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|Title:||A novel electrolyte-responsive membrane with tunable permeation selectivity for protein purification||Authors:||Zhao, Y.-H.
Tunable permeation selectivity
|Issue Date:||27-Jan-2010||Citation:||Zhao, Y.-H., Wee, K.-H., Bai, R. (2010-01-27). A novel electrolyte-responsive membrane with tunable permeation selectivity for protein purification. ACS Applied Materials and Interfaces 2 (1) : 203-211. ScholarBank@NUS Repository. https://doi.org/10.1021/am900654d||Abstract:||A novel electrolyte-responsive membrane, RC-g-PSBMA, was successfully prepared from regenerated cellulose (RC) membrane through surface-initiated atom transfer radical polymerization (ATRP) of a zwitterionic monomer, sulfobetaine methacrylate (SBMA). Different degrees of polymerization for the grafted SBMA polymers (i.e., PSBMA) on the RC membrane were easily obtained by adjusting the ATRP reaction conditions. The electrolyte-responsive behavior of RC-g-PSBMA was first evaluated through the permeation experiments with sodium chloride (NaCl) solutions of different concentrations. It was found that the permeability of RC-g-PSBMA showed a clear dependence on NaCl concentration in the solutions. To further examine the potential of RC-g-PSBMA for protein purification, bovine serum album (BSA) was chosen as a model protein and polystyrene nanoparticles (NPs) of different sizes were used as representative impurities in the solutions. The rejection rates of BSA and NPs by RC-g-PSBMA were examined with the solutions containing BSA and NPs at different NaCl concentrations. The results showed that the rejection rates of BSA were at a very low level regardless of the concentration of NaCl in the solutions, indicating that the membrane allowed BSA to permeate. However, the rejection rates of NPs of different sizes by RC-g-PSBMA changed remarkably with the concentration of NaCl in the solutions. The study has demonstrated the possibility to separate BSA from NPs of different sizes by using the same membrane but simply altering the concentration of NaCl in the solutions. Membranes with such properties will have a great potential for protein purification as well as for many other separation applications. © 2010 American Chemical Society.||Source Title:||ACS Applied Materials and Interfaces||URI:||http://scholarbank.nus.edu.sg/handle/10635/54598||ISSN:||19448244||DOI:||10.1021/am900654d|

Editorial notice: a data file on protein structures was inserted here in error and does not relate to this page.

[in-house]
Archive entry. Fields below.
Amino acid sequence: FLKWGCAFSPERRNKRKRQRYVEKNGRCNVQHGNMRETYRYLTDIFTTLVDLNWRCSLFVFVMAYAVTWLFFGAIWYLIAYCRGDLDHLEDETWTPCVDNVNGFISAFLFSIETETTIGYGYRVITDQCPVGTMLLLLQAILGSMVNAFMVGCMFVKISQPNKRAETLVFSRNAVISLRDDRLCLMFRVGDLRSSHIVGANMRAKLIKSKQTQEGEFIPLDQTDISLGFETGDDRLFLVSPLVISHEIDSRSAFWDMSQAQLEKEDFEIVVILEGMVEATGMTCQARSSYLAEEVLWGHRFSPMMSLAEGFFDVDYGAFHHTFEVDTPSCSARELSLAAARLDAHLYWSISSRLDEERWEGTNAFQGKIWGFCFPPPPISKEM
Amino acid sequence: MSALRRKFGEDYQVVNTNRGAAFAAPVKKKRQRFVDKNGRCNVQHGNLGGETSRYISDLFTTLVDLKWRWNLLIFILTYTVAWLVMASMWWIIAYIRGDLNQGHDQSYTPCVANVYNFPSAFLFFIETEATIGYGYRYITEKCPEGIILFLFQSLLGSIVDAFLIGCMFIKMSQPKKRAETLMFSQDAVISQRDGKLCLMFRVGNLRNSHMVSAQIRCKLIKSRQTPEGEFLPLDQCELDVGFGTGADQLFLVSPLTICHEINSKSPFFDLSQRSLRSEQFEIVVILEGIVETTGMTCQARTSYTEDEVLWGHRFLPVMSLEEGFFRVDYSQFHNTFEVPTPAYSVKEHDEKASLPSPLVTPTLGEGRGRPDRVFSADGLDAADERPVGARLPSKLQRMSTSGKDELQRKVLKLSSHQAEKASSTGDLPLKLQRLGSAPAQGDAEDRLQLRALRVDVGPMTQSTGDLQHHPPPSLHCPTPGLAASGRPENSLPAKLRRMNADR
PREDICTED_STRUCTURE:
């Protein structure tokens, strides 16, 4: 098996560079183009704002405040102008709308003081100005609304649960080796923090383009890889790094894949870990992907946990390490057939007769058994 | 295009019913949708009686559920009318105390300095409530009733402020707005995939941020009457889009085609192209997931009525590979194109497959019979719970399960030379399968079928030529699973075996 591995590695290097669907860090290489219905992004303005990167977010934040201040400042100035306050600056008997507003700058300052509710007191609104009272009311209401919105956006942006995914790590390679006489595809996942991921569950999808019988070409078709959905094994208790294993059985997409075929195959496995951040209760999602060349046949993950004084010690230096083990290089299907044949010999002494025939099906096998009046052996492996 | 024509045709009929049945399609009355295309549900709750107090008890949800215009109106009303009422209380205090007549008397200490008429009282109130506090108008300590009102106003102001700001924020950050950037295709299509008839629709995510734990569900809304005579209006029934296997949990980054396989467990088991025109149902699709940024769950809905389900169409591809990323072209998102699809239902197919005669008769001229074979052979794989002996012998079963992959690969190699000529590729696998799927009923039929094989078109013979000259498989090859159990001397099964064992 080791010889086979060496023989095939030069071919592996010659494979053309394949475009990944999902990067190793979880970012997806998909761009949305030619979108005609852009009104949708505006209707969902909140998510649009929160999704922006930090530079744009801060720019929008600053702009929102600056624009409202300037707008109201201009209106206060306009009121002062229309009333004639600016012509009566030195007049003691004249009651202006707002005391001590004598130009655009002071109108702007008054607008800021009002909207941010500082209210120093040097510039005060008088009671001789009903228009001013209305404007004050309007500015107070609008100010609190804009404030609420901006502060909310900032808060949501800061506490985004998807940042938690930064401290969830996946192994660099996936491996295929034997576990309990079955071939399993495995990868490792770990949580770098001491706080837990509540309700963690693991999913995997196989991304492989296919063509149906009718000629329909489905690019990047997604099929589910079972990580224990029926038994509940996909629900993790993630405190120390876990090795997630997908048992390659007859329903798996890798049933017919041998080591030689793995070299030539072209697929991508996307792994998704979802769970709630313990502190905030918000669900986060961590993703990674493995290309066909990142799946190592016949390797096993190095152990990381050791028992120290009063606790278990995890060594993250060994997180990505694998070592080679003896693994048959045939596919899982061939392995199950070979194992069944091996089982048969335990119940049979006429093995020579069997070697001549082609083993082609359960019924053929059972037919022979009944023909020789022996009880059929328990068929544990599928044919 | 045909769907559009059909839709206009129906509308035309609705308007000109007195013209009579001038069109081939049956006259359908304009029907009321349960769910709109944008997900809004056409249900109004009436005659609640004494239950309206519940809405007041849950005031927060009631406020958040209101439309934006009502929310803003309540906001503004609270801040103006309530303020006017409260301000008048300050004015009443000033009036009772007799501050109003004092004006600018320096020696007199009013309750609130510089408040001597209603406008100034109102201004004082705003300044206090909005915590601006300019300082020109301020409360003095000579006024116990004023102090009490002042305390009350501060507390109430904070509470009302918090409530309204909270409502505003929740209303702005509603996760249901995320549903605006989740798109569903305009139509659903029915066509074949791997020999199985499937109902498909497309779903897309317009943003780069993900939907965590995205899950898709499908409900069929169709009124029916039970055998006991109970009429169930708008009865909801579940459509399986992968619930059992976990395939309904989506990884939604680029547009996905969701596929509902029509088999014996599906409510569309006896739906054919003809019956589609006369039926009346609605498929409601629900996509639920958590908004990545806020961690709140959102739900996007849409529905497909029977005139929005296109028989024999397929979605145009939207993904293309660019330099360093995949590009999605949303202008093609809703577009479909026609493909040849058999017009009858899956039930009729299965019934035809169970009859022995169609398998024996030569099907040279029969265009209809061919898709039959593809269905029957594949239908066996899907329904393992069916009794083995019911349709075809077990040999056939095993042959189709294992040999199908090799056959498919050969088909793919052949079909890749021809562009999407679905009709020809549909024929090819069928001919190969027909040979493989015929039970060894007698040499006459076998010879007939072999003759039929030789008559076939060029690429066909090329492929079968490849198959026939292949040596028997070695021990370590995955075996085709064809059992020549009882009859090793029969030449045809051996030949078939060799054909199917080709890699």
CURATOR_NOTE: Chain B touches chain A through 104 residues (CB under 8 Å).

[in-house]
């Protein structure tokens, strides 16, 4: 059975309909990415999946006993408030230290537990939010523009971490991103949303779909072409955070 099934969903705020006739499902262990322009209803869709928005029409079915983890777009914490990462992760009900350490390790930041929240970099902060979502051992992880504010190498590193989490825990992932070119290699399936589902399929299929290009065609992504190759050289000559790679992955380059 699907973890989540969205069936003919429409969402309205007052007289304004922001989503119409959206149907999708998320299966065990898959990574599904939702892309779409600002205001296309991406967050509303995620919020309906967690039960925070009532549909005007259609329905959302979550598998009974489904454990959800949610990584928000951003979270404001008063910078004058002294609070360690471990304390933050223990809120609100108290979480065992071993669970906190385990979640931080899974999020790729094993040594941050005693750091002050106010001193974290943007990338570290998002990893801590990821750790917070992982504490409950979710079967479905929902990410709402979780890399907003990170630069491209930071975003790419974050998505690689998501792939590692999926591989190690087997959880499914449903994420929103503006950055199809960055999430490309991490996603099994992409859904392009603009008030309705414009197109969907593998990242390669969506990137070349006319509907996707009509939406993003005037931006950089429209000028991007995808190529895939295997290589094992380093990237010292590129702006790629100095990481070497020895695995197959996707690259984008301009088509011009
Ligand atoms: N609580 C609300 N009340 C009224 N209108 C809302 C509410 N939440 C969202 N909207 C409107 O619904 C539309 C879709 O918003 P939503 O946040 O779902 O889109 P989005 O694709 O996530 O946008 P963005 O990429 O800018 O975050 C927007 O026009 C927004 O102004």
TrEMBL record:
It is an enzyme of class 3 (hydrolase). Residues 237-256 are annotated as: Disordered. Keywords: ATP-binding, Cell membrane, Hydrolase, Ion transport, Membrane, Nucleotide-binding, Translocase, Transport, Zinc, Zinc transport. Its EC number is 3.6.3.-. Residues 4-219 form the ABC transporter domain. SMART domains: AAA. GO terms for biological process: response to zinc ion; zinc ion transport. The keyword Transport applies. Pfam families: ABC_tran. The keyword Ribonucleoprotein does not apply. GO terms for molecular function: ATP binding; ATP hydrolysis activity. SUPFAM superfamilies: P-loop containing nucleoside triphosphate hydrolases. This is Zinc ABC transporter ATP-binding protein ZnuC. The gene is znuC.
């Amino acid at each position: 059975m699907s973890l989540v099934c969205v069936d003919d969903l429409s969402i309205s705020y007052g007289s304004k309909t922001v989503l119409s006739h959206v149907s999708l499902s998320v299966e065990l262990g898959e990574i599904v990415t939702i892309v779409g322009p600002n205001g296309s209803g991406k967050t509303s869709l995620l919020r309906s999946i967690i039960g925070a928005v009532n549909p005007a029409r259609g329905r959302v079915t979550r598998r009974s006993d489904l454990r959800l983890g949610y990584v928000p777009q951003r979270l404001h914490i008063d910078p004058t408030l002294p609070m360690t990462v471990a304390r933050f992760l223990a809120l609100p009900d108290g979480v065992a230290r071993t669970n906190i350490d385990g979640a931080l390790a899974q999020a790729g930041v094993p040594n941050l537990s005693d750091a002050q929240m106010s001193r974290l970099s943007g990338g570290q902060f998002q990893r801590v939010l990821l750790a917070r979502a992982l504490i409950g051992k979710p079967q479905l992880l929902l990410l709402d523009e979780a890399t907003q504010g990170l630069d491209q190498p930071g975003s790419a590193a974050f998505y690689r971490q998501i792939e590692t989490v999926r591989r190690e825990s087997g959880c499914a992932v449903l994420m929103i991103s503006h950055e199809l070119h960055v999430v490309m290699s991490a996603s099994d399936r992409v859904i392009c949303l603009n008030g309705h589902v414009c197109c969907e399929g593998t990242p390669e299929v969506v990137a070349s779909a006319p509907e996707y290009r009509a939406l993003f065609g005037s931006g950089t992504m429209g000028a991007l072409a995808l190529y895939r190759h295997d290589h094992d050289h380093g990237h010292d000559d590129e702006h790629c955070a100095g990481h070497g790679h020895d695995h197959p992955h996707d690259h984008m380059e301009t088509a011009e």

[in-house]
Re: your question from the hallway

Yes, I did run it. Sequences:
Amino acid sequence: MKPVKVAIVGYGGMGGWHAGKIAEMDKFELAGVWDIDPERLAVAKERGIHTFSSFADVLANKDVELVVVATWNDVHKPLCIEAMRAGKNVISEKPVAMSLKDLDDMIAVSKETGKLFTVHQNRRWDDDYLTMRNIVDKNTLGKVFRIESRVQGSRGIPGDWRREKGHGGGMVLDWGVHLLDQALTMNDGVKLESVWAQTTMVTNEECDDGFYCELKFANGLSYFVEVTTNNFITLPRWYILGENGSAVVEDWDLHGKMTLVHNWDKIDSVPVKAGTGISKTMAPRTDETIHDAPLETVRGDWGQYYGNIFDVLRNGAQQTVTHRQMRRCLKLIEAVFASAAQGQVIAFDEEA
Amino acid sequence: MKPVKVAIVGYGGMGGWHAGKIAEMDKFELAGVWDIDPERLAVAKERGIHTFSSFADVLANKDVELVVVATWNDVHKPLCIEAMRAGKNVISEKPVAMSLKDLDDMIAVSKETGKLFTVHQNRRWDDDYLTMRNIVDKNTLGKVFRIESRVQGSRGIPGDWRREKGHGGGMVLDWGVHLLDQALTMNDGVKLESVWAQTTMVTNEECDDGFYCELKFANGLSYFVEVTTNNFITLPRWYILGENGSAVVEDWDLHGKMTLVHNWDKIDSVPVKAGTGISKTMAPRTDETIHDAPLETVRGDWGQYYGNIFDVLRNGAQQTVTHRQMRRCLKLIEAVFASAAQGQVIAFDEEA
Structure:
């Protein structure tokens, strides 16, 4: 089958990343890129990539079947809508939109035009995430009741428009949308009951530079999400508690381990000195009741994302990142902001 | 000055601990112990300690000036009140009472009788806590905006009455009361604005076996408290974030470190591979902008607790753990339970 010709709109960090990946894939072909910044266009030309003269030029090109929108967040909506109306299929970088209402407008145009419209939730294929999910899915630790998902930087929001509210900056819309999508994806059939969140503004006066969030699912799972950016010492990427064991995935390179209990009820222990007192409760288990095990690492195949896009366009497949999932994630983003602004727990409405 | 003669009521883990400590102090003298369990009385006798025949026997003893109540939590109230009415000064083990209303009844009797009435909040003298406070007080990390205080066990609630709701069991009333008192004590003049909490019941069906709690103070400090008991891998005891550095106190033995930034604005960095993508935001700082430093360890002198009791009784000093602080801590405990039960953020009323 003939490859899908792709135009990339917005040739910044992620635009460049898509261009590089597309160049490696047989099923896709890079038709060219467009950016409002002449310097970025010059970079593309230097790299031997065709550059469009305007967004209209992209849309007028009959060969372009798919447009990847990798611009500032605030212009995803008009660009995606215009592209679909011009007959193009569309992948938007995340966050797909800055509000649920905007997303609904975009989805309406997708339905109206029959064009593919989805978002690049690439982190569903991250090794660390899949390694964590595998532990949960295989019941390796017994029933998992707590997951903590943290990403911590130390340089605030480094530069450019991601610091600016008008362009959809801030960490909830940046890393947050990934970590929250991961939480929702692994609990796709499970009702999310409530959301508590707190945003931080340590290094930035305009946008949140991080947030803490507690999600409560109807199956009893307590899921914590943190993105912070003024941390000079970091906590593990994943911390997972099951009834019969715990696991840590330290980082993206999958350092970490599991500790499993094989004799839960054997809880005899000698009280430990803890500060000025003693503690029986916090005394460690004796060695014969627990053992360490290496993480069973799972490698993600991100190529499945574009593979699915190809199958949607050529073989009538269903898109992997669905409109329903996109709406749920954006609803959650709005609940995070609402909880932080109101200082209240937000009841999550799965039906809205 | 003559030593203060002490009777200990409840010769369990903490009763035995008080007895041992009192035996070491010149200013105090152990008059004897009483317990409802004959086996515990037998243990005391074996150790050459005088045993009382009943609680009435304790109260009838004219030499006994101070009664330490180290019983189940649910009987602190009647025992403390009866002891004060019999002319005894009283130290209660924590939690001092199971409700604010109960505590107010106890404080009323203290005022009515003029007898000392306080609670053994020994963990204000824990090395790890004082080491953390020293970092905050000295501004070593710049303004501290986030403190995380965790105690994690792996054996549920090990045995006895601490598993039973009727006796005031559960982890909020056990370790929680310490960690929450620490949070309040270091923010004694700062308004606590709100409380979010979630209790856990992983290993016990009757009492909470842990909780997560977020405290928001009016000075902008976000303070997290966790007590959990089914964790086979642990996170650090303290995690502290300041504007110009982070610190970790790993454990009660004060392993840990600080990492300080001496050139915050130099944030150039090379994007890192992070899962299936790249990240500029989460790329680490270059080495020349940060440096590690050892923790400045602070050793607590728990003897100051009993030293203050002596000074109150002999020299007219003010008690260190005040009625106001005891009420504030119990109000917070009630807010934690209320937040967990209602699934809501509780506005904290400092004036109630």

|Appears in Collections:||Staff Publications|
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